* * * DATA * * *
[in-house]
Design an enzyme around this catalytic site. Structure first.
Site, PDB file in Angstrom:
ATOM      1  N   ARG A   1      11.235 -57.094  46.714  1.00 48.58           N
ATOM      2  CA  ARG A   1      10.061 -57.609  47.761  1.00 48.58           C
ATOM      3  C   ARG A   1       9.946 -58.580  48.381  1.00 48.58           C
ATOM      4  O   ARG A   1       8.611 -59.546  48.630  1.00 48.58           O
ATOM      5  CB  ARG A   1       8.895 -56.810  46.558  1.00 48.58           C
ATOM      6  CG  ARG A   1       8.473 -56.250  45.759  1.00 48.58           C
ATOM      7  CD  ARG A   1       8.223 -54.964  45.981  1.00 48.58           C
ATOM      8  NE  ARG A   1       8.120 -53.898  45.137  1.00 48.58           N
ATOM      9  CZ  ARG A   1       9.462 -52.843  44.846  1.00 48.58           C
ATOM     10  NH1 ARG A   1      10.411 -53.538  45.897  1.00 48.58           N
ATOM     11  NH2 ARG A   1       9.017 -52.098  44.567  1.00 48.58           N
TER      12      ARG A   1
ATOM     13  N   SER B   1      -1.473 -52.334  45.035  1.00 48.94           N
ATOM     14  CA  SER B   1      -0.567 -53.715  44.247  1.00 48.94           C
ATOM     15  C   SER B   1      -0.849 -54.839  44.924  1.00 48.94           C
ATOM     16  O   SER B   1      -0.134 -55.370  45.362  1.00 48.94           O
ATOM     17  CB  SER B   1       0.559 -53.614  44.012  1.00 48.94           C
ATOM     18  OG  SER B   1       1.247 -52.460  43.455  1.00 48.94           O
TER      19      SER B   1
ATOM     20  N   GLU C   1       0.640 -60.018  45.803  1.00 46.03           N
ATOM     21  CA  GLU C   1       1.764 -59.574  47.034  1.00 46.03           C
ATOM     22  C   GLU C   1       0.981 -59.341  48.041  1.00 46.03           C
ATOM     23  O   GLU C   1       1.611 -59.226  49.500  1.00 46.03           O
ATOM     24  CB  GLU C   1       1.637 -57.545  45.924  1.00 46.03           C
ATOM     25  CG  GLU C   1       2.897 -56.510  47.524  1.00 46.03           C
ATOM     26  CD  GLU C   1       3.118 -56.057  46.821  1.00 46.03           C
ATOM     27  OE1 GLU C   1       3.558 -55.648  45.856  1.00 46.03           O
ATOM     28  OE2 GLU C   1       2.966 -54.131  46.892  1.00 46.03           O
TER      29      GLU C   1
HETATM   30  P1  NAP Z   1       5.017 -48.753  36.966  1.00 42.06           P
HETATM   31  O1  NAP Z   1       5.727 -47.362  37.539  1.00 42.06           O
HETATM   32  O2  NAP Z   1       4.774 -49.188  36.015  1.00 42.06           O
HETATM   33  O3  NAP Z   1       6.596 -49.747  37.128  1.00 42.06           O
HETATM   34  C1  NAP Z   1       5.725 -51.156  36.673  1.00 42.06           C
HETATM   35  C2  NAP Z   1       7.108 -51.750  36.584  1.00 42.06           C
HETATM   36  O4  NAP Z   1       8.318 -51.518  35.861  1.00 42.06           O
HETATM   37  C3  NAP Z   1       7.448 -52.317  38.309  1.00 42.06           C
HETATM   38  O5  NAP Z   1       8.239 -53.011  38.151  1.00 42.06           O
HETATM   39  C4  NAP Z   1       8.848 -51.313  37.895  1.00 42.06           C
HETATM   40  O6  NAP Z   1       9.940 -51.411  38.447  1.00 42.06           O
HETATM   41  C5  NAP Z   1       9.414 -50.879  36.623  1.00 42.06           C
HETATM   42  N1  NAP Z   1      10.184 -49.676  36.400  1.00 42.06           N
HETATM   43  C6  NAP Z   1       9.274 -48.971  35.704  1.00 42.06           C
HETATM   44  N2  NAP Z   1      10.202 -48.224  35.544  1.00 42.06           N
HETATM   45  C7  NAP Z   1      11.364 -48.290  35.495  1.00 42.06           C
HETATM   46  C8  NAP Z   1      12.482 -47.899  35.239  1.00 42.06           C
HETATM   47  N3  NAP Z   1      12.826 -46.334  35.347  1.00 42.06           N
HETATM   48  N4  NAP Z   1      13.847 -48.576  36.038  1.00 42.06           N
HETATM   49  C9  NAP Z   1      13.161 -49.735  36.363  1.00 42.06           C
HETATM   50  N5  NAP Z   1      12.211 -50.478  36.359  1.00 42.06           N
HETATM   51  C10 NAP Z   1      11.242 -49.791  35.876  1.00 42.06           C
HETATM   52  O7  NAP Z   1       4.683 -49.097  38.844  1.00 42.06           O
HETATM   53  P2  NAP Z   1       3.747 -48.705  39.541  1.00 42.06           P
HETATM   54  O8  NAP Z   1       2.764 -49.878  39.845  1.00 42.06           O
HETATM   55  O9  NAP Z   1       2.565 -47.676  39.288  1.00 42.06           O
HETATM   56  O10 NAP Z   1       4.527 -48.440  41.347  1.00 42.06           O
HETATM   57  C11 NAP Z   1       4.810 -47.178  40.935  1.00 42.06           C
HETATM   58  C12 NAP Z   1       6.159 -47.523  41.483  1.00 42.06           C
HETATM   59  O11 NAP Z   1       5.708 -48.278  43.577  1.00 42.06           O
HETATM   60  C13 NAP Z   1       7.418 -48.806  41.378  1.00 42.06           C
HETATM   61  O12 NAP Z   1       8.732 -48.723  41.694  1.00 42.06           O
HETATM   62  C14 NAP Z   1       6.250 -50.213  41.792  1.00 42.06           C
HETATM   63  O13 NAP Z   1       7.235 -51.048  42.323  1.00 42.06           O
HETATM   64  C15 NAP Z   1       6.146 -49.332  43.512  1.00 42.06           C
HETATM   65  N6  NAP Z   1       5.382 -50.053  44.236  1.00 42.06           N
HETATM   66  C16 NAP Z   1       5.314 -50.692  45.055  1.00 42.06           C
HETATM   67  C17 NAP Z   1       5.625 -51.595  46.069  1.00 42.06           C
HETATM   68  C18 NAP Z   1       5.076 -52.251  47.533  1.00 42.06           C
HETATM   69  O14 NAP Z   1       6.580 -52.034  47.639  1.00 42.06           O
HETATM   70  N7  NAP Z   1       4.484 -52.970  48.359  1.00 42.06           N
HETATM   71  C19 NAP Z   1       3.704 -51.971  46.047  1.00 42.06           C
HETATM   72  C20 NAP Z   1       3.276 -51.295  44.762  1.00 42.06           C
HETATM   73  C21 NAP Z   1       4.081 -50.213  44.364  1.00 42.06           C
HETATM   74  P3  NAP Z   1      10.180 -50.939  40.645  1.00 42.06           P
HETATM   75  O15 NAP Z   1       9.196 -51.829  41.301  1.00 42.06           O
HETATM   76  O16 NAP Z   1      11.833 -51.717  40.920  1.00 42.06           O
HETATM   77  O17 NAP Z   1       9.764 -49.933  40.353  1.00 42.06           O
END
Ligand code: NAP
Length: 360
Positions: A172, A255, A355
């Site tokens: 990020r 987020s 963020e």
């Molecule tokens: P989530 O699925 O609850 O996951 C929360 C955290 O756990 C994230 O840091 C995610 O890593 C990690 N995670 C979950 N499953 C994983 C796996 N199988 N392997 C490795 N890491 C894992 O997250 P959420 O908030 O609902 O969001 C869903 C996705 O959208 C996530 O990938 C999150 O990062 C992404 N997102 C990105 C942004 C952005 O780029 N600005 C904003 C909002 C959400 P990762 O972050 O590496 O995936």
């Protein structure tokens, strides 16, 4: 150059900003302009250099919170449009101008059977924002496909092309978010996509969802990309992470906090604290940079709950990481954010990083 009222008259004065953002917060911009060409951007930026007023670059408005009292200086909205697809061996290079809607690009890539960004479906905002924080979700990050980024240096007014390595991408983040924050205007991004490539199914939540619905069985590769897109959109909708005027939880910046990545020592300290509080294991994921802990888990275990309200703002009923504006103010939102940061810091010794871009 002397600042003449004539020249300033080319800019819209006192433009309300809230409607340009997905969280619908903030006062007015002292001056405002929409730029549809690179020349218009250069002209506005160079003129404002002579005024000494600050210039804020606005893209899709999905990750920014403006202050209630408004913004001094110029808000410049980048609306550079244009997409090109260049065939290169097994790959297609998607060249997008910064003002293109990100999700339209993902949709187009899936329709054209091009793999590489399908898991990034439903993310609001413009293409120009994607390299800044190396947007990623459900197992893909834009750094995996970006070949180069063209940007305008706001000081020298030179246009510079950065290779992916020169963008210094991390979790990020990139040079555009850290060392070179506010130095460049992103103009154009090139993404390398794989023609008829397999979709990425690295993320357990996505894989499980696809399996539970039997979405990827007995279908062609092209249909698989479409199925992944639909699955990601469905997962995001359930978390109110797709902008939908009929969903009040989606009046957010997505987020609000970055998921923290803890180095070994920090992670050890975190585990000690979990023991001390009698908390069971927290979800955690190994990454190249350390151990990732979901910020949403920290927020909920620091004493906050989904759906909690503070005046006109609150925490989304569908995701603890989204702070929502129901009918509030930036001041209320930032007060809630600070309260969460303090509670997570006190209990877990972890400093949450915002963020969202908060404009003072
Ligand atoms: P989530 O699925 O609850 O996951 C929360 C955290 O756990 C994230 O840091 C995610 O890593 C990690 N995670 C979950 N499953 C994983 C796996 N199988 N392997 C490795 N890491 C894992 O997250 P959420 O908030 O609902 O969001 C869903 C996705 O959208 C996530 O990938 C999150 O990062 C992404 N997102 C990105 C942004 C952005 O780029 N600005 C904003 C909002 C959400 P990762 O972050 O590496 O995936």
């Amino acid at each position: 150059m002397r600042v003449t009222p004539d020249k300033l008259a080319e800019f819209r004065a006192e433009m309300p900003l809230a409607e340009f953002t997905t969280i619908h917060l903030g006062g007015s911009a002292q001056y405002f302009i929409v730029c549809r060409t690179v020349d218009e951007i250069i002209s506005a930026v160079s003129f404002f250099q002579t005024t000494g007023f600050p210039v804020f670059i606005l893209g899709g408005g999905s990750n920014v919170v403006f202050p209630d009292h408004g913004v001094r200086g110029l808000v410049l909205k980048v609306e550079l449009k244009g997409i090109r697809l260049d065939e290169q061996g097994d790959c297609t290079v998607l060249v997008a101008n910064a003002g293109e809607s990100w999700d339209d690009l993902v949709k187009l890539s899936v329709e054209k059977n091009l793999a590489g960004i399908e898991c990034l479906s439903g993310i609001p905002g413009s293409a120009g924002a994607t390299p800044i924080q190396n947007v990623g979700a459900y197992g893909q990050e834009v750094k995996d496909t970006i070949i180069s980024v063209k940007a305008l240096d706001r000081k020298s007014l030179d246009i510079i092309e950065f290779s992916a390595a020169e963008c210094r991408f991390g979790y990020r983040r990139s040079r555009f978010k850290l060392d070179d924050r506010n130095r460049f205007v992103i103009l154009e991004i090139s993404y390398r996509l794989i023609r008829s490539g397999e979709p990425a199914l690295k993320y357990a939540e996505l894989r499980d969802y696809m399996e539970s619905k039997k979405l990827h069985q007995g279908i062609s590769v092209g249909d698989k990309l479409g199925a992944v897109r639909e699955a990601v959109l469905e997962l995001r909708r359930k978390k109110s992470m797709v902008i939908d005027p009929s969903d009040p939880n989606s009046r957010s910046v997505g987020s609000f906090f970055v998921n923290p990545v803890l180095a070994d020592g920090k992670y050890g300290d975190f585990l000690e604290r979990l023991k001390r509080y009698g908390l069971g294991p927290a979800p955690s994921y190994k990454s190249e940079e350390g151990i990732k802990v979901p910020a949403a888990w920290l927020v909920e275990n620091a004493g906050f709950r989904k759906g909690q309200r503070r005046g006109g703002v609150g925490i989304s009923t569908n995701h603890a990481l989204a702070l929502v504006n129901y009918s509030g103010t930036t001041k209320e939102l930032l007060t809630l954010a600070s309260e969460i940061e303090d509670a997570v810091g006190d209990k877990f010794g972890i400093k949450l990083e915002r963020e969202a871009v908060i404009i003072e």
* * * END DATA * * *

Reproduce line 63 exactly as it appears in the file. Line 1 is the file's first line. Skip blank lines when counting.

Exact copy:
HETATM   60  C13 NAP Z   1       7.418 -48.806  41.378  1.00 42.06           C